Editorial: Homecoming events lack inclusion of study body

Over the last week, we’ve experienced many inconveniences and disappointments related to this year’s Homecoming events. Typically, Homecoming Weekend is just difficult for students due to lack of parking. However, this year’s number and grandeur of events is more the issue, affecting us before the weekend even begins.

Being forced to walk around the perimeter of the quad due to the large tent construction to make our way to places on campus is becoming a huge inconvenience in our study schedules. Because professors often finish class a few minutes after the official end, we’re late making our way to our next classes, sometimes only going from Coleman Hall to Vaughn Literature Building. While this type of inconvenience is acceptable for a day or two, we struggle with the expectation to be on time while also following rules that can make it impossible to do so.

Other concerns we’ve had are the noise pollution and access to the library during the events. During this construction process, we’ve had difficulty focusing in classes in Coleman Hall and Vaughn Literature Building due to the volume of the tent construction. The main floor of the Bertrand Library is also in direct line of the noise, making it difficult for us to work on papers and projects on the main floor computers and diminishing our productivity. We’re very concerned that over the weekend, we’ll have a hard time accessing the library. With only one main entrance that is located next to the tent on the quad, we’re worried that the guests and security for the events will provide difficulty not only with the noise control, but also with navigating through the crowds. As students, our main focus should be on education, and shouldn’t be compromised by Homecoming Weekend events. Less seriously, many students take advantage of fair-weather fall days by playing Frisbee or football on the engineering or main academic quads, something that won’t be possible this weekend, one of our last few with nice weather.

We don’t think that students would be as upset about the aforementioned inconveniences if they were actually allowed to take part in more of the Homecoming festivities. As for the exclusivity of the events, we are both grateful and disappointed by their inclusion and exclusion of students. We appreciate that a lottery system for tickets was provided for the Norah Jones concert; it’s important to us that all students are given an opportunity to attend. However, the other exclusive events did not provide students with the same opportunities. Tonight’s reception and dinner held in the Fieldhouse did not give any opportunity for students to attend, learn about alumni and their experiences and network. These events are important in helping our current students to cultivate relationships with our alumni and a lottery system for this event in addition to the one for the Norah Jones concert would have been appreciated. An application might have even been another option; students could be selected to attend based on their responses to a questionnaire, for example, in which they could express their motives for wanting to go.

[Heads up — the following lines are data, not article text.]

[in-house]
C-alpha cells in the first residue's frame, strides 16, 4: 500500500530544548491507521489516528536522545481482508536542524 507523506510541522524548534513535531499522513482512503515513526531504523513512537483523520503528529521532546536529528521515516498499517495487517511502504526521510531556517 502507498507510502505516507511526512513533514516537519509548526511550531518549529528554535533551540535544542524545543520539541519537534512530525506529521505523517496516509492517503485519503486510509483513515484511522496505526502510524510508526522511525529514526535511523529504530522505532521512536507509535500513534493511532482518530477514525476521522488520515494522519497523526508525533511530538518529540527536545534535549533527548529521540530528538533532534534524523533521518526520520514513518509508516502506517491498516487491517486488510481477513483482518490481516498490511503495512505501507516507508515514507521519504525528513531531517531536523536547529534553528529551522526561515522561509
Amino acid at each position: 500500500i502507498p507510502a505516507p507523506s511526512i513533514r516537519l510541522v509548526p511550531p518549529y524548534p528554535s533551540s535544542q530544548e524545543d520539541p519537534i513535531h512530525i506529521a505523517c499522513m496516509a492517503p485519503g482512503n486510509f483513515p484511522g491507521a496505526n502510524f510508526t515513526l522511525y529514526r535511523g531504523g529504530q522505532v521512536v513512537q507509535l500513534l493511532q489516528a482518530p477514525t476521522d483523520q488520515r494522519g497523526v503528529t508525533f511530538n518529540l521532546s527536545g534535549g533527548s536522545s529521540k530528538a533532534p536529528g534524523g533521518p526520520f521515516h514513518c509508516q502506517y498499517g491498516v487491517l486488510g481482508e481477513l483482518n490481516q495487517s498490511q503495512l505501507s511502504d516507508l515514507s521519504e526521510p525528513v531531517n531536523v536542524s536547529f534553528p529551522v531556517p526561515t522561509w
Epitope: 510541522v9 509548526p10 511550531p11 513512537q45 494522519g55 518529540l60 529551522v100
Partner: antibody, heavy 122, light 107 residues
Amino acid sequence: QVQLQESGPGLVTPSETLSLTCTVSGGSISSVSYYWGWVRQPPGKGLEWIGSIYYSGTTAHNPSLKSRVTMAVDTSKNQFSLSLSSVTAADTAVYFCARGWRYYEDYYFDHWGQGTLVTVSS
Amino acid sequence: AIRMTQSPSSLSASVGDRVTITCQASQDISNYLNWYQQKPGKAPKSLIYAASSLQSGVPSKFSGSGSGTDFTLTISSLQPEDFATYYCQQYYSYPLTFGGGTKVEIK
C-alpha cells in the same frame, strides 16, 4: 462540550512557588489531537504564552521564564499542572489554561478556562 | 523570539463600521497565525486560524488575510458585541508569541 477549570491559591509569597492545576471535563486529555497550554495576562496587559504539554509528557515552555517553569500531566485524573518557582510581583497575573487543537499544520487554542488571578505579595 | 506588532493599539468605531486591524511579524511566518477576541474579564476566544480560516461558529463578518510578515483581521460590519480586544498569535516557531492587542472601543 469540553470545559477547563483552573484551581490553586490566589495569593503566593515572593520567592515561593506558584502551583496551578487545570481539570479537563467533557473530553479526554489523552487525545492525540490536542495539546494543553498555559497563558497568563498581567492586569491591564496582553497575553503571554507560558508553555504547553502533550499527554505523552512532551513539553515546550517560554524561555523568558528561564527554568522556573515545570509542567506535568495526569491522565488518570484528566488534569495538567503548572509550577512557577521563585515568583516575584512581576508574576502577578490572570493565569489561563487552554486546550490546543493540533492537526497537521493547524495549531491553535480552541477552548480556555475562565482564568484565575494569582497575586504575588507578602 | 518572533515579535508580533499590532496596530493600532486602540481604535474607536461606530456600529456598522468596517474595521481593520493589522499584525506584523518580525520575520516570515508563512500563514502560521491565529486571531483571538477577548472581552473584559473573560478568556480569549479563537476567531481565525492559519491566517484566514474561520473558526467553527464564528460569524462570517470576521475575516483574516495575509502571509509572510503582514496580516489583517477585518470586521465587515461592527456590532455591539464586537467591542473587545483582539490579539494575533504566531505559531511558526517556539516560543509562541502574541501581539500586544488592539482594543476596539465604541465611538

Not being allowed near the tent or to attend some of the events this weekend is disappointing and is doing a disservice to the students by excluding them from an important event in the University’s history. With the largest campaign ever at this school, students should feel the excitement and enthusiasm needed to accomplish something so large.

President John Bravman stated in his email sent to all students on Oct. 17, the “WE DO” theme of the campaign is meant to “[reflect] the spirit of action and achievement that so defines the students, alumni and community of Bucknell.” Shouldn’t students be able to share in the celebration of their actions and achievements alongside alumni and the rest of our community without compromising their schoolwork and classtime?

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